Battle of logic vs. emotion

Three weeks ago, I lost an earring.  It wasn’t just any earring, either – it was half of my favorite pair of earrings in the world.  There wasn’t anything too special about the pair – just a simple oval loop, but it went with everything, never stood out, and looked nice with my hair.  And while it was gone, I searched everywhere for another, similar pair – but no luck!  The style is just too simple – no one carries it.

A friend found the missing earring today.  It had been on a cadaver table.

Question:  Knowing that autoclaving said earring would sterilize and restore the pair and be totally scientifically legitimate – would you autoclave the earring and use it?  Or does wearing an earring found on a cadaver table hit an uncomfortable chord that reaches beyond science?

I’m pretty sure I know what I’m going to do, but I thought I’d ask anyway.  Curious.

22 thoughts on “Battle of logic vs. emotion

  1. I’m pretty germophobic but I would just clean the earring and keep wearing it. I got rid of the scrubs and shoes I wore for anatomy lab, but earrings aren’t very porous so I can’t think of any reason to be squeamish about wearing it again.

  2. i could never wear an earring that fell on a cadaver table, but i have an excessive and unreasonable aversion to anatomy lab. once in lab one of my earrings fell out, but fortuitously landed in my scrub pocket, so i still wear it (after sterilization of course). but on the table . . . meh. couldn’t do it. but you wouldn’t be judged if you did, indeed, autoclave your earring 🙂

  3. I wouldn’t autoclave it. Do you know that it’s a material that will stand up well to autoclaving? (In other words, what metal is it made of and are there gem stones in it?) Can you autoclave it by itself? Because if you’d have to put it in with other things, you need to consider that certain metals (ex: chrome and stainless steel, but I don’t know the complete list) shouldn’t be autoclaved together, or it can cause problems with the instruments. If they’re just dissection instruments, probably doesn’t matter. But if there are any surgical instruments in there (expensive!), I wouldn’t think it’s worth the risk of messing up people’s instruments.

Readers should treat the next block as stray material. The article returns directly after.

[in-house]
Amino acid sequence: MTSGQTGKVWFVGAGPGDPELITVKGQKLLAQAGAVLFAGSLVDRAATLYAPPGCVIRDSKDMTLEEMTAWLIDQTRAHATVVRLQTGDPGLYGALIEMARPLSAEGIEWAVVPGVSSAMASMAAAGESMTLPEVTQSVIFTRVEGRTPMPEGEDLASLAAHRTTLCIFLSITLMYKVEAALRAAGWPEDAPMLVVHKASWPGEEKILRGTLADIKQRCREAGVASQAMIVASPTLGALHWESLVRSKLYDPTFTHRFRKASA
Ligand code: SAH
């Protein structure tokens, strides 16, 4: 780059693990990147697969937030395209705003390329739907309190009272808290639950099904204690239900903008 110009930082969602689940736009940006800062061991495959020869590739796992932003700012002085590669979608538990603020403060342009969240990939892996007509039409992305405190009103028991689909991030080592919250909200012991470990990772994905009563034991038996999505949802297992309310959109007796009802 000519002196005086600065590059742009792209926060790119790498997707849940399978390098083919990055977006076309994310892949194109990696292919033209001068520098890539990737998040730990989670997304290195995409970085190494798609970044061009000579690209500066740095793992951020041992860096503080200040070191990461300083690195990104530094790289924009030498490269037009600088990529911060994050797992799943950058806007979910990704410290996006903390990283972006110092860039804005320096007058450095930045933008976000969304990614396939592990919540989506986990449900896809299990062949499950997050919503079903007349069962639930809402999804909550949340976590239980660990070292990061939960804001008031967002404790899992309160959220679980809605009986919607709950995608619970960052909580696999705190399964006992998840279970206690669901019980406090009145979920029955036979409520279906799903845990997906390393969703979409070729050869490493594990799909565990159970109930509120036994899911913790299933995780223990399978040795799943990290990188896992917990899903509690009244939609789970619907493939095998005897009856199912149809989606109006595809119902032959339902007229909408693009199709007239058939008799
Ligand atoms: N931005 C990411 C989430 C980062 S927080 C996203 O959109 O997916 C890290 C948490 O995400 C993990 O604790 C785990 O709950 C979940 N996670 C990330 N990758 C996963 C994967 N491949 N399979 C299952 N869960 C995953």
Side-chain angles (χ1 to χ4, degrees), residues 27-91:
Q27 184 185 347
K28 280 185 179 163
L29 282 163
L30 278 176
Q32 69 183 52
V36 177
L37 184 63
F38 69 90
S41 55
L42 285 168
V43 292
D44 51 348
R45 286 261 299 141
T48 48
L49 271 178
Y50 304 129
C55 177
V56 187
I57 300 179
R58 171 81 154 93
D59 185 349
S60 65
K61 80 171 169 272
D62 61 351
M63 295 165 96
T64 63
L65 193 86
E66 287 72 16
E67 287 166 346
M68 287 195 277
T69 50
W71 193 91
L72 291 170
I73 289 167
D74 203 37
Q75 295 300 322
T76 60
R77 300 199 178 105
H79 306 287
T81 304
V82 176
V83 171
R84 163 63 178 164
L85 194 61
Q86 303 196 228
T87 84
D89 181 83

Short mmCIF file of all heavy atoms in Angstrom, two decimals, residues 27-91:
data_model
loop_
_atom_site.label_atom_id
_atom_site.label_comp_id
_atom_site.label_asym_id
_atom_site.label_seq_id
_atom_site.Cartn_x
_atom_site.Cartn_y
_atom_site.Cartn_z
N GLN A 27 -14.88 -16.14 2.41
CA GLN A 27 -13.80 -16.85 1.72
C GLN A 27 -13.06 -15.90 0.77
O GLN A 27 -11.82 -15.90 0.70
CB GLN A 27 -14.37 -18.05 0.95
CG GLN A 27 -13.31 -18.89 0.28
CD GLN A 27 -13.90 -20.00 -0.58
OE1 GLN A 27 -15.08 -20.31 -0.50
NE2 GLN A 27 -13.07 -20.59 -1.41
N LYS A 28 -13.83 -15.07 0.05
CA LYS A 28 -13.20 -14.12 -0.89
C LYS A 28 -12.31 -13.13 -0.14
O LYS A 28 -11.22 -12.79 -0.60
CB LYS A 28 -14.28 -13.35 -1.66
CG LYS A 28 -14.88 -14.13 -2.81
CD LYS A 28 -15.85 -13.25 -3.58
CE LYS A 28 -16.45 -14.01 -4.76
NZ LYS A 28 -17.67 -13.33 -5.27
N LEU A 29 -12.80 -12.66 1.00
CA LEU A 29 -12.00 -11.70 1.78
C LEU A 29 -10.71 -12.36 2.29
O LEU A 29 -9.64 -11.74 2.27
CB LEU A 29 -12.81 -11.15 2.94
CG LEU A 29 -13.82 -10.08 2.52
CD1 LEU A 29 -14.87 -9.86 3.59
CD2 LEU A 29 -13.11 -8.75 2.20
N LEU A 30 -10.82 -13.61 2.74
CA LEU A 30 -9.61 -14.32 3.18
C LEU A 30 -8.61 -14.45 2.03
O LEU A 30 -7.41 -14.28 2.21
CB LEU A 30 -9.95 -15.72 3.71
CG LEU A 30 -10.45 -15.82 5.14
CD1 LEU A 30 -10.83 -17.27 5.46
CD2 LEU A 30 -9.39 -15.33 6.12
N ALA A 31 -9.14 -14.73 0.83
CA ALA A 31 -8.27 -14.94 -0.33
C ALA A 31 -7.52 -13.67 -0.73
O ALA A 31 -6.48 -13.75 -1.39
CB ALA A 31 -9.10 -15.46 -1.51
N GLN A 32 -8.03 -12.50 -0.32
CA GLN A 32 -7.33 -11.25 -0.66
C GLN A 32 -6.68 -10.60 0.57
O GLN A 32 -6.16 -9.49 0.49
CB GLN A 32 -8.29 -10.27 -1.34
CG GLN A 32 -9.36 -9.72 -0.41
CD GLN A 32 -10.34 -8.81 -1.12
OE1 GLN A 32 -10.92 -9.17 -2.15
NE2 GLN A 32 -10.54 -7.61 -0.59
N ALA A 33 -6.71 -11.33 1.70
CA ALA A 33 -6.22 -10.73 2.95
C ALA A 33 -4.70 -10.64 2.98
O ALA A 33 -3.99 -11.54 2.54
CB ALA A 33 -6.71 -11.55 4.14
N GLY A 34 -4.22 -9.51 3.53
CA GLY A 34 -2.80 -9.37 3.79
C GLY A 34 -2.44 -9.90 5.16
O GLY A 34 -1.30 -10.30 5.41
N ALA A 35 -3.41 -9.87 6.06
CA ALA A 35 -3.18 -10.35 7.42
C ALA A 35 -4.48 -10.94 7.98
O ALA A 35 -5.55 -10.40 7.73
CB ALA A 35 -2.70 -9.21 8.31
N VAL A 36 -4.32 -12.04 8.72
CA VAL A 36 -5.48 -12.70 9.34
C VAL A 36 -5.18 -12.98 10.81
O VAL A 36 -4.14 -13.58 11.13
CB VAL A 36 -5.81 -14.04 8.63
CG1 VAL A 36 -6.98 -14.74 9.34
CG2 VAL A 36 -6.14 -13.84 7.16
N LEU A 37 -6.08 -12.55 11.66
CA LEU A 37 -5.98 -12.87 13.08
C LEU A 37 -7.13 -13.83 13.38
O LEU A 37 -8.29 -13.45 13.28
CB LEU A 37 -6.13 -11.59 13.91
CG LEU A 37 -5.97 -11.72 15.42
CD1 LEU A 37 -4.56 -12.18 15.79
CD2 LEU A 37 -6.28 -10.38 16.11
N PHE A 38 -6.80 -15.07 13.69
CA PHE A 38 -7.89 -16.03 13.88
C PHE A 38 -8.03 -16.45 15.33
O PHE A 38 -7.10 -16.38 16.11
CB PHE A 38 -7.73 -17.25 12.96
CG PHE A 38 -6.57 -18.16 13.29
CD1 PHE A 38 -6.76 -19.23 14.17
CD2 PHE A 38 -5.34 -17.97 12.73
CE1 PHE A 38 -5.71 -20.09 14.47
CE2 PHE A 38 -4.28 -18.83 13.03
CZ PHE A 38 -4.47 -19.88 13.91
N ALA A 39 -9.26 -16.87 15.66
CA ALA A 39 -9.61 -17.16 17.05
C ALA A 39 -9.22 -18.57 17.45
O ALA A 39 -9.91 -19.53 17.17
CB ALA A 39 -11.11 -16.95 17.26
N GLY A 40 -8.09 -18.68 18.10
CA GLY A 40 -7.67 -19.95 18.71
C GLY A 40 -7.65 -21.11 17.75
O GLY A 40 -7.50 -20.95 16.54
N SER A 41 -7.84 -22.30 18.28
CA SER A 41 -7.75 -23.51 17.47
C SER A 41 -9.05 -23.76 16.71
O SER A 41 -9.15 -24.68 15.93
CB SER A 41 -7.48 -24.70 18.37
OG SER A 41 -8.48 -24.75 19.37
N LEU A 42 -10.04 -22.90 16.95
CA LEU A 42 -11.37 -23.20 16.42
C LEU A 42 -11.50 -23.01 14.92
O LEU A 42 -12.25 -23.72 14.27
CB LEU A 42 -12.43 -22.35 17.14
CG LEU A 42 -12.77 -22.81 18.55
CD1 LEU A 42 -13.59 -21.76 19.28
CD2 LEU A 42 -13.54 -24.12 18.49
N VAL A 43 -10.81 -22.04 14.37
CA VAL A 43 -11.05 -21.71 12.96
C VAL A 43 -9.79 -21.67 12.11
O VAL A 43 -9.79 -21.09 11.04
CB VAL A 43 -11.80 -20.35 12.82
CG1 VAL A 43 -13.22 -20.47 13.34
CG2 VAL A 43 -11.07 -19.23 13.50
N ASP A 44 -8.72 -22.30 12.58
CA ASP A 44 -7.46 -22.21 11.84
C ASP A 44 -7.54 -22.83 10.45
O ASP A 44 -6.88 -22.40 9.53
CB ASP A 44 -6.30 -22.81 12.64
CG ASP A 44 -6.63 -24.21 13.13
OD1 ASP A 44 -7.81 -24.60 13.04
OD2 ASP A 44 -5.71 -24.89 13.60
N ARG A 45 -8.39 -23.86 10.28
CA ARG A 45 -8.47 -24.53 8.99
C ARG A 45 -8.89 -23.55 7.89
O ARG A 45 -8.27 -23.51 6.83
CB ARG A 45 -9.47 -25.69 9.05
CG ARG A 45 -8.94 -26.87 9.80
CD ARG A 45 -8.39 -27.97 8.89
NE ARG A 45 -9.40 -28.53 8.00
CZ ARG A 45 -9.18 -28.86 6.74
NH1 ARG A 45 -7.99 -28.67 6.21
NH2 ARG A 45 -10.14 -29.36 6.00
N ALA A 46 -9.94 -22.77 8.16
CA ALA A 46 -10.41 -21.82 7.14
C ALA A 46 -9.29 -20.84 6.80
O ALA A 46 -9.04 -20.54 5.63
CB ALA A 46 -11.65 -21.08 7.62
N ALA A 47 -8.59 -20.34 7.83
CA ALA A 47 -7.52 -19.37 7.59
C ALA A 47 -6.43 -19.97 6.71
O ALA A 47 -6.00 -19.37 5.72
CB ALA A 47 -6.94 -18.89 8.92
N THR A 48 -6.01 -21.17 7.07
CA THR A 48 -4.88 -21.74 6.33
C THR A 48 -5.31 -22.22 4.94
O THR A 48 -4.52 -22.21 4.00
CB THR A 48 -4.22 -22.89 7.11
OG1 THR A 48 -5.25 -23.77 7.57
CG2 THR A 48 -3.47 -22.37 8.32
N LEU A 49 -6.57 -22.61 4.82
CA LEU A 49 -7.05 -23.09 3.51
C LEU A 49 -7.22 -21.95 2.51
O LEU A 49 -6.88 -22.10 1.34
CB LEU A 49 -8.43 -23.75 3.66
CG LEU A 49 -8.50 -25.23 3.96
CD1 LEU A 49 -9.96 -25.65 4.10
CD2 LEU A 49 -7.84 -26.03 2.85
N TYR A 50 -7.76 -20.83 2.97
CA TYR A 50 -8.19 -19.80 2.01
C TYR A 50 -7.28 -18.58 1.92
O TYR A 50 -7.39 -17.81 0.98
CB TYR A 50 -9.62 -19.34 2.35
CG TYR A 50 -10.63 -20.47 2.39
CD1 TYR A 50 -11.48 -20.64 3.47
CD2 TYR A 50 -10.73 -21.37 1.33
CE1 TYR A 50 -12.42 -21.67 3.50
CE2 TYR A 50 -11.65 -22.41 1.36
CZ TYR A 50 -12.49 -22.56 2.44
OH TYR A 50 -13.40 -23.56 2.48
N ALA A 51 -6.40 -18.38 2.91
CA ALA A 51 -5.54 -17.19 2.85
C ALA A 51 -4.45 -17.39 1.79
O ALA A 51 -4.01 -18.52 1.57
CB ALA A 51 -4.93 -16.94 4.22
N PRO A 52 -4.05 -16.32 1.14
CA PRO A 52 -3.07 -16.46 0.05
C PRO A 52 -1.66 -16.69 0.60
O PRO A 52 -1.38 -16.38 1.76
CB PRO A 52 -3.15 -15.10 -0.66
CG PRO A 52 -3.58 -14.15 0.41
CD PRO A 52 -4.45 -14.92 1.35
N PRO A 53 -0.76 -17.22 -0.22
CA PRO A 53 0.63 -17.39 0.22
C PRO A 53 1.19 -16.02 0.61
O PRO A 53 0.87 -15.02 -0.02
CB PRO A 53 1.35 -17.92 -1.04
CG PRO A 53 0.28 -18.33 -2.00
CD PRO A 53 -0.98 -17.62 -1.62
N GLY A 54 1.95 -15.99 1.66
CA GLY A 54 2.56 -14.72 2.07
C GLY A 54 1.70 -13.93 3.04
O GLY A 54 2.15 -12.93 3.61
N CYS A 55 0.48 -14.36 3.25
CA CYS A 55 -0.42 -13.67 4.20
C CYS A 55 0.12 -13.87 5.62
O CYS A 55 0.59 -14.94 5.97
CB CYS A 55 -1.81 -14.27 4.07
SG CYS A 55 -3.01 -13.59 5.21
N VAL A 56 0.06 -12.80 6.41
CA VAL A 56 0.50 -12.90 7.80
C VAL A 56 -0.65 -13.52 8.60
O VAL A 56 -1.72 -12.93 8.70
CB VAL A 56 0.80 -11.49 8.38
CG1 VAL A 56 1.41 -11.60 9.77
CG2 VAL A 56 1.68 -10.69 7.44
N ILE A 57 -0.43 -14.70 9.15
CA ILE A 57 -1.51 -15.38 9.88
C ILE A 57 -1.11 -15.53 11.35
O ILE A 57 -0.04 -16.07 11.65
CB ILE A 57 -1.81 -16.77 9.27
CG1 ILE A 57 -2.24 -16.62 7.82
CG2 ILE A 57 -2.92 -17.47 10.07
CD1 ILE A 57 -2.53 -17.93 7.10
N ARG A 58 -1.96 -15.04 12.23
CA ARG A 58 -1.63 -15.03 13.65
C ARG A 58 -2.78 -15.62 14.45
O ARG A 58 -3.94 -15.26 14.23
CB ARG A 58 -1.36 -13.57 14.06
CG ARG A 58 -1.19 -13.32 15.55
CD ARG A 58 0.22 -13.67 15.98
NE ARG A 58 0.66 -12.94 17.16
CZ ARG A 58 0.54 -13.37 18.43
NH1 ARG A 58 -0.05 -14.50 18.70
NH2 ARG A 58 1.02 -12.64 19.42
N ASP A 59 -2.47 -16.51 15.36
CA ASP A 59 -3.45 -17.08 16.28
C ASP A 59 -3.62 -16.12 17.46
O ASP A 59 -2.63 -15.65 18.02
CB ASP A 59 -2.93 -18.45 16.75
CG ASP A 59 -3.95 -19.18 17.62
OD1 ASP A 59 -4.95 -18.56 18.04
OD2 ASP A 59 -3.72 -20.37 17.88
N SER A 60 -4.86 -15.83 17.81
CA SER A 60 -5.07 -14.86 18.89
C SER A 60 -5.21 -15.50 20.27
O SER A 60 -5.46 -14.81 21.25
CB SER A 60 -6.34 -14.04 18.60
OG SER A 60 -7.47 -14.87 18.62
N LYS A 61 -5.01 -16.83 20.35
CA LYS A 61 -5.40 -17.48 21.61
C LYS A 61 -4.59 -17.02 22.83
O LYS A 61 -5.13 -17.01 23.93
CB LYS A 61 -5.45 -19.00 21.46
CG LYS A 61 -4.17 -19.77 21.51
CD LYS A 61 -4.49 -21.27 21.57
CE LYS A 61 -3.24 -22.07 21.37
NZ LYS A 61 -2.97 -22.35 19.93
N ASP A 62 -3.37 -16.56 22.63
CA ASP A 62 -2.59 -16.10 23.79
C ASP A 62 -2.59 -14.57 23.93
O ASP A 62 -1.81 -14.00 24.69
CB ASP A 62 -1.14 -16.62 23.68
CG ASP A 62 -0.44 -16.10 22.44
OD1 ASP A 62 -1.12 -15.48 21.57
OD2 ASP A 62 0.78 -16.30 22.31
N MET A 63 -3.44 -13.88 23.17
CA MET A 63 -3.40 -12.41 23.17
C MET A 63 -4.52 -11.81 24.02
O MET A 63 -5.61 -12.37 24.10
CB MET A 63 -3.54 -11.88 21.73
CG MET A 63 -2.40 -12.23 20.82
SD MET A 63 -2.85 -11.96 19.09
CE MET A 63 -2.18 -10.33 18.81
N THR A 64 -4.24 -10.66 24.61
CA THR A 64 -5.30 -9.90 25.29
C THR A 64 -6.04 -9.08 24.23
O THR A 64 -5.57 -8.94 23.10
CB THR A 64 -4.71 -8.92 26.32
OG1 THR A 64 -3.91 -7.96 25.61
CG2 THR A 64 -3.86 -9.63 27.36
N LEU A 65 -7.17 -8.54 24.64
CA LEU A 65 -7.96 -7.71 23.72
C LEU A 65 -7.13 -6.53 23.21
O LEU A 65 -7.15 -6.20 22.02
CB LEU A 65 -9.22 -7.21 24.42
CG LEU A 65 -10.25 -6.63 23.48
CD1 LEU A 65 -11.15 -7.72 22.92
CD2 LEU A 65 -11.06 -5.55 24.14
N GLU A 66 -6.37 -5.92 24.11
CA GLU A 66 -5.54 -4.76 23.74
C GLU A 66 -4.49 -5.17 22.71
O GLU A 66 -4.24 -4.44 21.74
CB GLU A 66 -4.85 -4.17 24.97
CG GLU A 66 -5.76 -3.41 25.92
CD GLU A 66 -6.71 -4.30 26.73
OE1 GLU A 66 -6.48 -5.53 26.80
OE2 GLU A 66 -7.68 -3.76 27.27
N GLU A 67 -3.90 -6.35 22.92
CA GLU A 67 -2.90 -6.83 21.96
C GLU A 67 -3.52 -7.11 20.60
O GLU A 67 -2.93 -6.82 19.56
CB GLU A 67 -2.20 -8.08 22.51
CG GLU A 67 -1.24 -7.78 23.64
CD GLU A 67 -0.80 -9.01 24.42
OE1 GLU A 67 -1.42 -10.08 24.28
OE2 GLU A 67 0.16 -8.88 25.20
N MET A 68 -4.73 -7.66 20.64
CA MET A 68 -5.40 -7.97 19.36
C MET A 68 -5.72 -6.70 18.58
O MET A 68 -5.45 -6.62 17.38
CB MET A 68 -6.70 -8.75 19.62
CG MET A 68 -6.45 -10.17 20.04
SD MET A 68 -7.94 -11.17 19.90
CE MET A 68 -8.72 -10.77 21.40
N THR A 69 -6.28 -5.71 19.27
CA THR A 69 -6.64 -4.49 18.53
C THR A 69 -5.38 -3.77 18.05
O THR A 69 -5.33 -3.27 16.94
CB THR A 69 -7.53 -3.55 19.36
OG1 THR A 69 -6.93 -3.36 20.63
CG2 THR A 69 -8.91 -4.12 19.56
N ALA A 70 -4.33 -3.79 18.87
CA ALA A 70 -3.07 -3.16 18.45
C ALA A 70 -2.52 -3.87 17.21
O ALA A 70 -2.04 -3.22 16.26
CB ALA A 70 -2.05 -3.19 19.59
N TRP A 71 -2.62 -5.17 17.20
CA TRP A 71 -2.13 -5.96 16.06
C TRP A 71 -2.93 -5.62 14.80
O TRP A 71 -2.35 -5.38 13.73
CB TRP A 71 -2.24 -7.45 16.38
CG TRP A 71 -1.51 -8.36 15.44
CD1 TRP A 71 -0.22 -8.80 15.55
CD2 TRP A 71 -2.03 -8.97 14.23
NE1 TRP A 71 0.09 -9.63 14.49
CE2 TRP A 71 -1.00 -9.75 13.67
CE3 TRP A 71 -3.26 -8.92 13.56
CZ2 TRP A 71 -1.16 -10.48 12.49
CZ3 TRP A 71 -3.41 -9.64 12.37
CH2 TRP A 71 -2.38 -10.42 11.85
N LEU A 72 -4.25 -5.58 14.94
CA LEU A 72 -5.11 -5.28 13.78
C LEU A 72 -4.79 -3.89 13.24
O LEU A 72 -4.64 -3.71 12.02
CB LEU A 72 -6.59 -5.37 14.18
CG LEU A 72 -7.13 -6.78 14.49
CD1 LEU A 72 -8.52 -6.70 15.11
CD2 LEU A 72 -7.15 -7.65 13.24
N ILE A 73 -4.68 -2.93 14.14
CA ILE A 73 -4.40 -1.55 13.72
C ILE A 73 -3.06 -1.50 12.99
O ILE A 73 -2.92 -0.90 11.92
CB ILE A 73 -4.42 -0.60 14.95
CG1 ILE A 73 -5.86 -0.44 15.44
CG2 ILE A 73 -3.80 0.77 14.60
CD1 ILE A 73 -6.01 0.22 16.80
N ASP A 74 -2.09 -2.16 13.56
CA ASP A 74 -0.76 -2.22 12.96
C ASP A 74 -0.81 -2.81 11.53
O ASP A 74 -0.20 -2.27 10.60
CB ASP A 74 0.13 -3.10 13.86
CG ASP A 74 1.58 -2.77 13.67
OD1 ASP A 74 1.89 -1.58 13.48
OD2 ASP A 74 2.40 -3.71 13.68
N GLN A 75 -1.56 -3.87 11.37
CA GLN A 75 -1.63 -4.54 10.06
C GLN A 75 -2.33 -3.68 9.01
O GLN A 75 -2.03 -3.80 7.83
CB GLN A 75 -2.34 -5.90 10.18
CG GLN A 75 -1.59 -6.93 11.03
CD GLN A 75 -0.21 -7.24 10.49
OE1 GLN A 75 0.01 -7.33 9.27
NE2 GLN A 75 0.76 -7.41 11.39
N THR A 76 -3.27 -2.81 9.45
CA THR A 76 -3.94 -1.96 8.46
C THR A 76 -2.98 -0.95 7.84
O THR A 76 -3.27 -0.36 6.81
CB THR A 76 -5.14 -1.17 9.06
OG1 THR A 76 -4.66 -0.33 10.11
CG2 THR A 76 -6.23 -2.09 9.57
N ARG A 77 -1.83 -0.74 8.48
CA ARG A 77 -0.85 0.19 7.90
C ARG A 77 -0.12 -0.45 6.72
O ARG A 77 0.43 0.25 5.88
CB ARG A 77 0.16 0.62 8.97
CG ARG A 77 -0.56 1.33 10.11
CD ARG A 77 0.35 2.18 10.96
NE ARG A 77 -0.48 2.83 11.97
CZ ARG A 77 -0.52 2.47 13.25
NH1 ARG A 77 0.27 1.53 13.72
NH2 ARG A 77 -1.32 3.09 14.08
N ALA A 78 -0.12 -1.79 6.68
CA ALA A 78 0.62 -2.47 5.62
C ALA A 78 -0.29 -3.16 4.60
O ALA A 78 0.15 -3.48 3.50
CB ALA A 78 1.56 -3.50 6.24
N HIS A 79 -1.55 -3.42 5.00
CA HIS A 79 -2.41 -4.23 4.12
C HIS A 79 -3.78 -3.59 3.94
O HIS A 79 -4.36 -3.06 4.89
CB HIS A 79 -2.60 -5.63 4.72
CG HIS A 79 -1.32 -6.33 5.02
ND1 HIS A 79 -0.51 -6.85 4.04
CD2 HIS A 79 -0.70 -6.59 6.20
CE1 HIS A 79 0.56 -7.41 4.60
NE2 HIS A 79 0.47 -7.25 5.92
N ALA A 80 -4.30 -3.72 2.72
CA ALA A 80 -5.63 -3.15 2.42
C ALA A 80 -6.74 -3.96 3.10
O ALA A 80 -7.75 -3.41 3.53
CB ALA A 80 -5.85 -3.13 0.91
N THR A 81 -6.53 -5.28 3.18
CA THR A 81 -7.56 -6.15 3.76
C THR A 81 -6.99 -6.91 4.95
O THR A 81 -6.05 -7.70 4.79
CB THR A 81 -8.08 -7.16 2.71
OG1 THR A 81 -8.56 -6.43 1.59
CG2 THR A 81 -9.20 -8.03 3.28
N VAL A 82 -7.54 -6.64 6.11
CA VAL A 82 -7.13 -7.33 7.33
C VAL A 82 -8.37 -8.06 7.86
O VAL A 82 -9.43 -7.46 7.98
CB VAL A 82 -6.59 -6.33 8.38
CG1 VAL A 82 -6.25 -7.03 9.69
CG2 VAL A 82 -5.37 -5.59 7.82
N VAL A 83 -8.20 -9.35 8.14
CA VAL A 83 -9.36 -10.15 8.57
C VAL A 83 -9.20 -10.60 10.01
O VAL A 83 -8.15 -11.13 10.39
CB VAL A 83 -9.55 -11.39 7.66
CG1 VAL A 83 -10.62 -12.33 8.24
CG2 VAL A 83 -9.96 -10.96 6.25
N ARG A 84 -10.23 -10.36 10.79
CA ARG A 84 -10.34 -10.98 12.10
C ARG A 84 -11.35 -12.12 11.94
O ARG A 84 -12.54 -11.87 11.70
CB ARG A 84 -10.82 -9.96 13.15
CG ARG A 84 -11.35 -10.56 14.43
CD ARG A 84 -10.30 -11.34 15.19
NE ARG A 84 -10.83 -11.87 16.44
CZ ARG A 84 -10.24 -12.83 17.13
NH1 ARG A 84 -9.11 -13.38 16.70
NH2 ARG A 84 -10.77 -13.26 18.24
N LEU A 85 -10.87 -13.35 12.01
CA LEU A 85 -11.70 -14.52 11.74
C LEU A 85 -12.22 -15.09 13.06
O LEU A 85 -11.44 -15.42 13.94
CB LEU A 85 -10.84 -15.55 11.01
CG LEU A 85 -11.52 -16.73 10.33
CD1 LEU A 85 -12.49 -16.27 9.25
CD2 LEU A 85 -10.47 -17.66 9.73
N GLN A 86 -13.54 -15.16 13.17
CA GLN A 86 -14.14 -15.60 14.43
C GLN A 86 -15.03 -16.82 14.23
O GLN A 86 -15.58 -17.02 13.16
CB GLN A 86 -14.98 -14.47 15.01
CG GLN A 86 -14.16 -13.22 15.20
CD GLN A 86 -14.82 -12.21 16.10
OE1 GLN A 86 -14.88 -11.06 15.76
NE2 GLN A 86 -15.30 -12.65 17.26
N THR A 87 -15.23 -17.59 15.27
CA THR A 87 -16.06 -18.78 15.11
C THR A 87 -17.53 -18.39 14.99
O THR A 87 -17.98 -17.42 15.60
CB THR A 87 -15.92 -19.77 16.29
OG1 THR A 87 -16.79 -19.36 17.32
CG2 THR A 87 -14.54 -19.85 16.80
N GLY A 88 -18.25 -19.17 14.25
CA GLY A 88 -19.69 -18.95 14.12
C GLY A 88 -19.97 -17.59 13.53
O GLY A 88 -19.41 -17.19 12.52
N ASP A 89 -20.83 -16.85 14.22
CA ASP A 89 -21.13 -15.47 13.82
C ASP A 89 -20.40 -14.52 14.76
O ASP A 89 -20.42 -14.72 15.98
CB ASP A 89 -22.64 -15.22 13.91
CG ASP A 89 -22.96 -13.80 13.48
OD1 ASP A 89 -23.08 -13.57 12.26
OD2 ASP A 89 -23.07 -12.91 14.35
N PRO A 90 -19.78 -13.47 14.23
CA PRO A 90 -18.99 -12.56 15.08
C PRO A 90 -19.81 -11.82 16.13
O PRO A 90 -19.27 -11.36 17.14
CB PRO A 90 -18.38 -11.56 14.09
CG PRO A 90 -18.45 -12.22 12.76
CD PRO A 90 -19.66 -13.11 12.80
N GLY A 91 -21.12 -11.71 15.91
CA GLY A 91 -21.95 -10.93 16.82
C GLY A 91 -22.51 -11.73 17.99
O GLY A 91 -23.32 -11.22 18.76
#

Personally, I’d soak it in disinfectant (alcohol or some such) and call it a day. The cadavers are all preserved in formalin, right? Shouldn’t be too much concern for infectious diseases at that point, I wouldn’t think.

    Just my 2 cents.

    • I’d be wary of bleach. I read somewhere that chlorine is really hard on jewelry, especially white gold (maybe platinum could stand up to it, but I don’t have any of that!). Something about creating defects in the metal. I never wear my engagement/wedding rings in the pool for that reason. (Maybe overkill, but I love my rings, so it’s not worth it to me.) 🙂

  4. @AnonVet Student and @Albinoblackbear:
    Interesting! I’m glad you guys responded, I’ll check with one of our lab attendings. He once told me “everything here is so sterile, you can literally eat off the table”, so I think he’ll probably agree with just soaking it in… something. Hmmm.

  5. All of these comments are so interesting! I had figured the majority of people would land on the side of “that’s a little icky… no, can’t do it”, because that’s what my friends here said when I posed the question. (@kate – I totally respect the anatomy lab aversion. 🙂 )

    I’ll check it out with the lab director, but it sounds like I can definitely feel justified in saving them. Cool.

  6. I’m with AnonVet, use some ethanol/disinfectant and it should be good to go. Your attending is right about the sterility, although I think our anatomy lab directors took it a little far when they literally ate in lab (leaning over the tanks and using the same bare hands that they used while dissecting because they found gloves annoying…I think the eating usually happened before the dissecting, but still).

    • That’s crazy! Wearing gloves is just good sense. Even in vet med with formalin fixed samples they emphasize wearing gloves because of the potential for zoonotic diseases. And of course, better safe than sorry.


  7. In my school, during anatomy exams, there would be “rest stations” with bowls of candy, which many people actually ate during the exam while waiting to rotate to the next body.

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